Rivington Church is an active Anglican parish church in RivingtonRivington is a village in the Borough of Chorley, to the northwest of Bolton on the fringe of the West Pennine Moors., Lancashire. The church has no patron saint and is not named after a saint or martyr. It is in the Deane deanery, the Bolton archdeanery and Diocese of Manchester. The church was designated a Grade II listed building in 1967.
A small plain church in a circular churchyard, it has an early origin. An unusual detatched bellhouse was built in the churchyard in the 1540s. When Rivington was created a parish in 1856, the parishioners were able to elect their own minister.
Three acres (1.2 ha) of “terra ecclesiastical” in Rivington were mentioned in a deed dated 1280. A Saxon font found in the vicarage garden is housed in the church’s Millennium Room. The graveyard is circular, which is typical of churches of early foundation. That, and the Saxon font, may be evidence of pre-Conquest foundation. Arched windows on the church’s south side are cut from solid stone, another Saxon feature.
A chapel of ease[a] in the ancient parishAncient or ancient ecclesiastical parishes encompassed groups of villages and hamlets and their adjacent lands over which a clergyman had jurisdiction. of Bolton le Moors was built in the late 15th century and rebuilt or restored by the lord of the manor, Richard Pilkington around 1540. At the consecration by the Bishop of Chester in October 1541, the residents stated on oath they had worshipped at the site for generations. In 1566 Queen Elizabeth I granted letters patent for a licence to provide a curate or minister and allow baptisms, marriages and burials at the church for the inhabitants of Rivington, Anglezarke, Hemshaws and Foulds. Before this time the inhabitants had to travel to the surrounding parish churches. A major rebuild took place in 1666 In 1832 the church was damaged by an arsonist.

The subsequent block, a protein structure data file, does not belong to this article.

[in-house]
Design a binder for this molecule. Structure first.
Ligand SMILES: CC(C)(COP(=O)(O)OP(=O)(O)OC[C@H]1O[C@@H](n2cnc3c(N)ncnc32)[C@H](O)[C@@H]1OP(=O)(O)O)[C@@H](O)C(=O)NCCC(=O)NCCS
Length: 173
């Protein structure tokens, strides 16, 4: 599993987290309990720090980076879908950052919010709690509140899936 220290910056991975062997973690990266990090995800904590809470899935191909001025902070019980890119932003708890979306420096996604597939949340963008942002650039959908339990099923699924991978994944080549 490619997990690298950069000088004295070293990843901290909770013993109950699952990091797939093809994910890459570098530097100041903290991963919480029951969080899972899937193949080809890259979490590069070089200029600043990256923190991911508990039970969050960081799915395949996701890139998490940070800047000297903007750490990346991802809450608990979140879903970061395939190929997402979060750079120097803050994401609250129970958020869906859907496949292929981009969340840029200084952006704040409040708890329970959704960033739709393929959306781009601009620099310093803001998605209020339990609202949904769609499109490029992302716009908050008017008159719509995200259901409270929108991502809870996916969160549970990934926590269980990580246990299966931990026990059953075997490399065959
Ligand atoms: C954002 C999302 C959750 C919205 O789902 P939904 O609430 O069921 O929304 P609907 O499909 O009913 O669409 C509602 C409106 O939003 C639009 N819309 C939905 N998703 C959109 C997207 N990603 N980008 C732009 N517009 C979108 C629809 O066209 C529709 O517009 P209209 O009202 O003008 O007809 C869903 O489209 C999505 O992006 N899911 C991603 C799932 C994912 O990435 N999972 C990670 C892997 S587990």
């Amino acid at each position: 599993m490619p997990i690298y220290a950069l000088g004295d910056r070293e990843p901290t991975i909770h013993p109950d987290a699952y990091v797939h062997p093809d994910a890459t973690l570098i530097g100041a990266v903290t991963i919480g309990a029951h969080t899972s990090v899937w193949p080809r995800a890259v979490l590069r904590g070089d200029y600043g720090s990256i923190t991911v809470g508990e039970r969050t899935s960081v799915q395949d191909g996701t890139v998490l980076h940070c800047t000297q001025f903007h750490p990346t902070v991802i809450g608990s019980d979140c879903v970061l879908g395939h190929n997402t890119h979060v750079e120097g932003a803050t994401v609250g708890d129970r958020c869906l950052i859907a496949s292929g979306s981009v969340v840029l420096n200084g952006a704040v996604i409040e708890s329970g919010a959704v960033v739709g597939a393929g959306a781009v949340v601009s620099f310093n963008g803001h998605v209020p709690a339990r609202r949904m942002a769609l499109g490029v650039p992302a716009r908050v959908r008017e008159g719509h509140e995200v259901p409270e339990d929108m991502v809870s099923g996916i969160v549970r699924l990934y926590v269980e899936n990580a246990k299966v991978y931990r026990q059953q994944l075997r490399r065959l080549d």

Rivington was created a parish out of the ancient ecclesiastical parish of Bolton le Moors. In 1856, and at their own cost, and by a privilege that few churches in the country possessed, the parishioners were able to elect their own minister.
The church is a small, plain building that remains primarily as rebuilt in 1666 with alterations and restoration in the late-19th century. It is built of irregularly coursed sandstone with large quoins, some measuring five feet, at the corners and the roof is covered with green slates and finished with overhanging eaves. The naveCentral part of a church, used by the laiety. is 55 feet 6 inches (16.9 m) long and 27 feet 6 inches (8.4 m) wide, and the chancel measures 13 feet 6 inches (4.1 m) by 15 feet 6 inches (4.7 m). The three-bay nave has square-headed windows of three square lights on the north side, and round heads on the south side. The chancel has three round-headed lights in each side and a five-light east window.
The west gable wall has an elliptical-headed doorway and an octagonal bell turret with a square base and conical roof with a weather vane. The 19th-century gabled porch is between the centre and western windows on the south side and a modern vestry is on north side. There are doorways between the second and third windows from the east on each side and a door at the west end. In 2014 an extension was added to the west end, providing a reception and display area, toilet and kitchen.
The roof has four collar trusses with bracing to tie-beams and collars. The church is furnished with a late medieval oak screen and a late 16th-century octagonal, oak pulpit on a stem with two linen-fold panels in each side. The screen and pulpit are considered to predate the church building. The church retains an 18th-century brass chandelier with fluted body and two tiers of arms. On the north wall is a copy of a 16th-century painting of the Pilkington family.
The church was restored in 1861 at a cost of £500. An “inward-jutting porch” was built at the west entrance, Minton tiles were laid in centre aisle, the altar was raised and railings installed in front, the rood screen was restored, the walls were panelled to a height of 5 feet (1.5 m) The pipe organ by Lewis & Co from 1884 was overhauled in 1927 by Jardine and Co. In 1923 electric lighting was installed in the church.
Churchyard and bellhouse
The bellhouse, a Grade II Listed building in the churchyard is a small, square, single-storey structure built in sandstone with a stone slate roof. It has a basement and outside steps and held a large bell bought from All Saints’ Church, Wigan in 1542. The bell was sold by church commissioners around 1551. It is the only such structure in Lancashire and has been used as a charnel house but is now used by the sexton and grave digger.
In the circular churchyard, the earliest gravestone is marked 1617. A lych gate was erected in 1923. The churchyard contains three Commonwealth war graves, one from World War I and two from World War II. Several headstones were moved to the east end and laid flat in 2008. Near the entrance, the Anderton Stone which depicts shack bolts from the Anderton coat of arms and a crucified figure with the letters INRI, is believed to originate from Anderton Hall Chapel. Above it is a carved Sator Square reading “SATOR AREPO TENET OPERA ROTAS” which possibly predates the Christian era.
- A chapel of ease or daughter church is an additional Anglican church other than the parish church within a parish.